It was nip, tuck, to say nothing of tense, but Ontario’s Glenn Howard finally escaped with his 12th straight victory at the Tim Hortons Brier on Friday night.
Facing the youngest skip in the competition — 23 years his junior — 47-year-old Howard and his team of Richard Hart, Brent Laing and Craig Savill required all their guile and a few big shots to wrestle control from Brad Jacobs’s Northern Ontario entry in the Page One-Two playoff game, resulting in Ontario catapulting directly to Sunday’s championship final at 8 p.m. ET following an 8-6 victory.
The win plants the Howard team, playing in its fifth straight Brier, in its fourth championship final. In three previous Brier finishes, Howard won one, lost two.
Northern Ontario jockeyed in front of the contest by stealing a critical fourth-end point after a third-end triple but a patient Ontario unit finally scored three of its own in the eighth, held Jacobs to a single in the ninth when Jacobs was off on a four-foot draw by a hair’s width, and left Howard with an easy shot for a winning deuce at the finish.
“My team made every shot for me,” said Howard afterward. “I missed a few early and got a little bit down on myself. They kept picking me up, making great shots and Richie (Hart) made the shot-of-the-week through the port in the sixth. That gave us the momentum.
“Obviously it was an entertaining curling game. I thought we had them in trouble a lot, I let them off a few times, and then got some breaks out of Brad and, lo and behold, we were tied up coming home with the hammer, just where we wanted to be. And Craig made the two great shots on the guards in the 10th.
“They made a lot of great shots, too, and we barely beat them. But we’re totally satisfied. You can’t win unless you get to the final, so it feels great.”
Jacobs doubled out of trouble in the first end, which was blanked, then yielded two in the second despite executing another double-kill.
But Howard missed a runback in the third, then was teased into attempting a thin double on a half-guarded stone and wrecked, leaving Jacobs a draw for three in the third.
Howard executed a near-freeze in the fourth but Jacobs chipped it out, leaving his foe looking at three, and Howard was inches short drawing for one.
With a 4-2 lead, Jacobs made another double in the fifth, left Howard a shot for two but the Ontario skip threw light and rolled out the shooter, settling for one.
“It’s funny with a guy like Glenn Howard,” said Hart later. “When you say he’s struggling if he misses two or three shots, it’s like the sky is falling. He does that now and then but it rarely costs us.”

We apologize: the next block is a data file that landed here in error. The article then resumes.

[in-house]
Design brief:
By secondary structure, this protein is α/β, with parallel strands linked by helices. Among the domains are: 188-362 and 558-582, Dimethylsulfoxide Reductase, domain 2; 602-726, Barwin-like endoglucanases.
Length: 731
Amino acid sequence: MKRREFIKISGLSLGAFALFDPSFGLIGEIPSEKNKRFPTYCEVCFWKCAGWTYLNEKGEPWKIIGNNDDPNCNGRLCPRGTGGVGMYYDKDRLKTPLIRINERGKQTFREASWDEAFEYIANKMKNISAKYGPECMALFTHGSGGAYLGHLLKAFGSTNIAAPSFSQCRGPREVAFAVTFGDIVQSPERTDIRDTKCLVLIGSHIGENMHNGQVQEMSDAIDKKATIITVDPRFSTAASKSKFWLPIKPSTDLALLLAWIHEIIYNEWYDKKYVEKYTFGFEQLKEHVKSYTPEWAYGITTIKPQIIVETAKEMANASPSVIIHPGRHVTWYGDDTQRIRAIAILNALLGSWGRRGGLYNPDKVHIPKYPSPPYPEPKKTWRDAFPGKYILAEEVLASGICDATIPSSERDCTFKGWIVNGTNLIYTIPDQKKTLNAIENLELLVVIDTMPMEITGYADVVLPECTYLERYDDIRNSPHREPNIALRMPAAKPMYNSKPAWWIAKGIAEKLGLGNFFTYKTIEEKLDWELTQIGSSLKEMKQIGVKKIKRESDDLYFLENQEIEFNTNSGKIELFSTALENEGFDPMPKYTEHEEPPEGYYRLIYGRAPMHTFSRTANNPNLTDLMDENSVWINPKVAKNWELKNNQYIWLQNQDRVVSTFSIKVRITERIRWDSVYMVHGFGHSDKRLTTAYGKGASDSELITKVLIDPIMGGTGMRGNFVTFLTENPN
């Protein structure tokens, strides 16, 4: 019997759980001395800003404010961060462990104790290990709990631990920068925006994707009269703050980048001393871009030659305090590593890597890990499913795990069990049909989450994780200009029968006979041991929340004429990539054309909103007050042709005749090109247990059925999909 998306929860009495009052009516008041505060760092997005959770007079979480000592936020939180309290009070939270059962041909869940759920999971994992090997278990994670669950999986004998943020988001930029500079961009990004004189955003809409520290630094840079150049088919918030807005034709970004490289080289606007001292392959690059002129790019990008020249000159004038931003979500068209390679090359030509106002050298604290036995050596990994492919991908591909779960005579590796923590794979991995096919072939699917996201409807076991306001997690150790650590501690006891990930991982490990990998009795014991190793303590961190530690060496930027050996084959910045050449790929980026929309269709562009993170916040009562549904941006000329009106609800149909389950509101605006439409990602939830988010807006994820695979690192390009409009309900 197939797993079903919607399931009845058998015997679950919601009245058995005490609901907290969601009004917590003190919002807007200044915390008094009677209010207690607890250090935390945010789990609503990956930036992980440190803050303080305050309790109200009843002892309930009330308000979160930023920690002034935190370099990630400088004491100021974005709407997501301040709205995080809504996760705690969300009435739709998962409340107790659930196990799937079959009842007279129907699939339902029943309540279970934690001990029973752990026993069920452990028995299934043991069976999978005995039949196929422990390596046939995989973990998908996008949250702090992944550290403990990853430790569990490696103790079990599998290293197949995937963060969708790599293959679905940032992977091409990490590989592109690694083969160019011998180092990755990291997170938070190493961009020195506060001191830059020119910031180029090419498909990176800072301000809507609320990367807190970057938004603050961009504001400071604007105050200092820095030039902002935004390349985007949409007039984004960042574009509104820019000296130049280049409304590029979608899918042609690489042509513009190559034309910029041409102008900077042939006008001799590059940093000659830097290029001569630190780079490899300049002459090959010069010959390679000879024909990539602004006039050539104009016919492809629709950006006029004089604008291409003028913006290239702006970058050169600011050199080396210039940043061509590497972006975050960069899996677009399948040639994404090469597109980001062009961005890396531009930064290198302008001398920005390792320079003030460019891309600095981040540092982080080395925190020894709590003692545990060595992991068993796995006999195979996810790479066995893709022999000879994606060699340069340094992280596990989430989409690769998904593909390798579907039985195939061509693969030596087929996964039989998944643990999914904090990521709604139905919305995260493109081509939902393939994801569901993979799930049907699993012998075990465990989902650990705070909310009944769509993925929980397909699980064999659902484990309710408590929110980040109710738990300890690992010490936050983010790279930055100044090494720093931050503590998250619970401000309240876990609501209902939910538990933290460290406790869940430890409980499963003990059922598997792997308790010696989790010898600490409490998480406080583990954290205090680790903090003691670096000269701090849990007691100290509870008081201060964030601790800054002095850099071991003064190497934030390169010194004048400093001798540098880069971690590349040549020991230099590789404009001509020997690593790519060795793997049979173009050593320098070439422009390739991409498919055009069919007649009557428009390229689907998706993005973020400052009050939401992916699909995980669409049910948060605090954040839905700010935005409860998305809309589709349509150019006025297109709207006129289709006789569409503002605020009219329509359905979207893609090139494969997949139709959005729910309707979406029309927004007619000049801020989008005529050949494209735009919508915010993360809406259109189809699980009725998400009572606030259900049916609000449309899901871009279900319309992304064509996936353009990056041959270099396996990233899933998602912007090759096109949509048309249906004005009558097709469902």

Howard appeared to have a multiple count set up in the sixth but Jacobs executed a last-rock bump to save the end and take a 5-3 edge.
Then came the turning point.
“It was the seventh end,” said Jacobs. “When I didn’t hold the shooter on an easy wide-open hit we allowed him to blank. Then he put a good end together in the eighth and we struggled for sure. If I hit and stick in the seventh we’re forcing him to one and it’s a totally different game.”
Both third E.J. Harnden and Jacobs missed shots in the eighth to set up the Howard three-spot. Jacobs needed a critical roll with his last rock but didn’t get it and left his opponent an open hit for the multiple count.
“We definitely let it slip away,” said Jacobs. “We didn’t play as well as we wanted to, not as well as we have the last six or seven games. But that’s why we wanted to get into the One-Two playoff game, we get two cracks at him.
“You see him missing early on and you can’t help thinking, hey, maybe we’re going to beat this guy if he’s having an off day. But we gave it right back to him. It was a little unfortunate, but that’s the name of the game sometimes. I thought I played pretty good but missed a couple of key shots and when you do that against Glenn Howard you’re not going to win the game.
Ontario outpointed its opponents at every position — 89-81 in percentage overall.
Northern Ontario, now nursing a 9-3 record, will await the winner of Saturday’s 12-noon sudden-death playoff between Alberta and Newfoundland/Labrador for a semi-final opponent today at 7:30 ET.
“We go right back on the same sheet,” said Jacobs of the semi. “It was cool, quite the experience and we know what to expect now. We’re going to let this one go, almost immediately, and get ready for the next one.”
Jacobs said it was his team’s third loss in a Page One-Two game.
“We lost in the provincials this year and once previously but came back both times to go to the Brier. I think we can learn from that. The momentum you get by playing the semi-final sometimes puts you in good shape for the final.”